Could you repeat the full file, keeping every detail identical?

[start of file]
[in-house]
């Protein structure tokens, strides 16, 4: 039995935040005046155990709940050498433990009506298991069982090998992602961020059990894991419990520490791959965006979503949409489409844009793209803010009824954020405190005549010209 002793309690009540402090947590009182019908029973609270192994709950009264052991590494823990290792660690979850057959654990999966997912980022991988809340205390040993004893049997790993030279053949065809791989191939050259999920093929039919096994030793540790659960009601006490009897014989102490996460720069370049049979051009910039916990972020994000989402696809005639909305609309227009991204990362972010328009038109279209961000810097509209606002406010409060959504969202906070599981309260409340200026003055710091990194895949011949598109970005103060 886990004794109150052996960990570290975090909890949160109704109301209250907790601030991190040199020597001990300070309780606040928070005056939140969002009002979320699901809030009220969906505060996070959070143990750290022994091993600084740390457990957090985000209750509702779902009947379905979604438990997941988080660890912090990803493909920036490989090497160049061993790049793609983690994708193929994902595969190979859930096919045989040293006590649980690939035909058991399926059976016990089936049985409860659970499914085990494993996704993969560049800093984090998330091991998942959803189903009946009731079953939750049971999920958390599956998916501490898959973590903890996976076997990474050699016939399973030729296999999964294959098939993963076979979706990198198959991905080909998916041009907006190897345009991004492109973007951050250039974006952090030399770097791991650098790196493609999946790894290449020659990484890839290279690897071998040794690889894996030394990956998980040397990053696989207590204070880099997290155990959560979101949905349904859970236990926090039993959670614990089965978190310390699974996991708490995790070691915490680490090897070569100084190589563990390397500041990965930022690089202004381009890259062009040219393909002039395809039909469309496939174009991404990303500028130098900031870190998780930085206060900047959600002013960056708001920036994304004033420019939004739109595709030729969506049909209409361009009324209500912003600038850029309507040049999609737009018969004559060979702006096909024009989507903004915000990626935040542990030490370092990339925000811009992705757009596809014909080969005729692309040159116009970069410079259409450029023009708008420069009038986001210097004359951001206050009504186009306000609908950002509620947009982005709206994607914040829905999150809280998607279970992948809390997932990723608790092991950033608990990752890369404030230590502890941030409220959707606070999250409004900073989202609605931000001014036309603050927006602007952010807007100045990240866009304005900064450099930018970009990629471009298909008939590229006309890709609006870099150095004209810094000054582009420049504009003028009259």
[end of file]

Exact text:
[in-house]
């Protein structure tokens, strides 16, 4: 039995935040005046155990709940050498433990009506298991069982090998992602961020059990894991419990520490791959965006979503949409489409844009793209803010009824954020405190005549010209 002793309690009540402090947590009182019908029973609270192994709950009264052991590494823990290792660690979850057959654990999966997912980022991988809340205390040993004893049997790993030279053949065809791989191939050259999920093929039919096994030793540790659960009601006490009897014989102490996460720069370049049979051009910039916990972020994000989402696809005639909305609309227009991204990362972010328009038109279209961000810097509209606002406010409060959504969202906070599981309260409340200026003055710091990194895949011949598109970005103060 886990004794109150052996960990570290975090909890949160109704109301209250907790601030991190040199020597001990300070309780606040928070005056939140969002009002979320699901809030009220969906505060996070959070143990750290022994091993600084740390457990957090985000209750509702779902009947379905979604438990997941988080660890912090990803493909920036490989090497160049061993790049793609983690994708193929994902595969190979859930096919045989040293006590649980690939035909058991399926059976016990089936049985409860659970499914085990494993996704993969560049800093984090998330091991998942959803189903009946009731079953939750049971999920958390599956998916501490898959973590903890996976076997990474050699016939399973030729296999999964294959098939993963076979979706990198198959991905080909998916041009907006190897345009991004492109973007951050250039974006952090030399770097791991650098790196493609999946790894290449020659990484890839290279690897071998040794690889894996030394990956998980040397990053696989207590204070880099997290155990959560979101949905349904859970236990926090039993959670614990089965978190310390699974996991708490995790070691915490680490090897070569100084190589563990390397500041990965930022690089202004381009890259062009040219393909002039395809039909469309496939174009991404990303500028130098900031870190998780930085206060900047959600002013960056708001920036994304004033420019939004739109595709030729969506049909209409361009009324209500912003600038850029309507040049999609737009018969004559060979702006096909024009989507903004915000990626935040542990030490370092990339925000811009992705757009596809014909080969005729692309040159116009970069410079259409450029023009708008420069009038986001210097004359951001206050009504186009306000609908950002509620947009982005709206994607914040829905999150809280998607279970992948809390997932990723608790092991950033608990990752890369404030230590502890941030409220959707606070999250409004900073989202609605931000001014036309603050927006602007952010807007100045990240866009304005900064450099930018970009990629471009298909008939590229006309890709609006870099150095004209810094000054582009420049504009003028009259």